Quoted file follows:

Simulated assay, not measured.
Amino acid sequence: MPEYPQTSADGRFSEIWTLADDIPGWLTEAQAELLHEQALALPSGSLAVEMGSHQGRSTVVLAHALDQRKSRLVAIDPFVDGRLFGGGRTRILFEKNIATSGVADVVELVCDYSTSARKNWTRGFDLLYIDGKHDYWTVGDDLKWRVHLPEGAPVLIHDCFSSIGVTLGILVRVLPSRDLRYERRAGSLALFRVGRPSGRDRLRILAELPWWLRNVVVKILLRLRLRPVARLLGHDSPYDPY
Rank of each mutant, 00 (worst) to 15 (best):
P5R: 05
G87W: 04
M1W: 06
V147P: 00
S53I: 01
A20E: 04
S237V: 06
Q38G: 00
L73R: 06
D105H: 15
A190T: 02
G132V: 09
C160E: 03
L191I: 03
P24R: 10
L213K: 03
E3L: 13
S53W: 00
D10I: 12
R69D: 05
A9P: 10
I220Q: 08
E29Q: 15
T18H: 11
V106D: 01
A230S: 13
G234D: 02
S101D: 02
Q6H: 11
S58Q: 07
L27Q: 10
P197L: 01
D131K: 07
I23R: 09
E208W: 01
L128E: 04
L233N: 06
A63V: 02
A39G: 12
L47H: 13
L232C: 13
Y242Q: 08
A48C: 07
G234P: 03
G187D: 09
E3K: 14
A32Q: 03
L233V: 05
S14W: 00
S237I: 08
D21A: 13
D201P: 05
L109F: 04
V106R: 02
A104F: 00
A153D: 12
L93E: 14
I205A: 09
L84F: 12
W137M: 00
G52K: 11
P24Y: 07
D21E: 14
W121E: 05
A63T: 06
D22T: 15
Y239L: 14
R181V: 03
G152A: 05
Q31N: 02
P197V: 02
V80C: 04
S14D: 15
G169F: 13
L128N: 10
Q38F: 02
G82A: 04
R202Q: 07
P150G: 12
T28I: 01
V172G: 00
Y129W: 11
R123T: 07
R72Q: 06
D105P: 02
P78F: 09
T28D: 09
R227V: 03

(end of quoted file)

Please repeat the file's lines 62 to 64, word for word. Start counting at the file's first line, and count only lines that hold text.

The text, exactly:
L84F: 12
W137M: 00
G52K: 11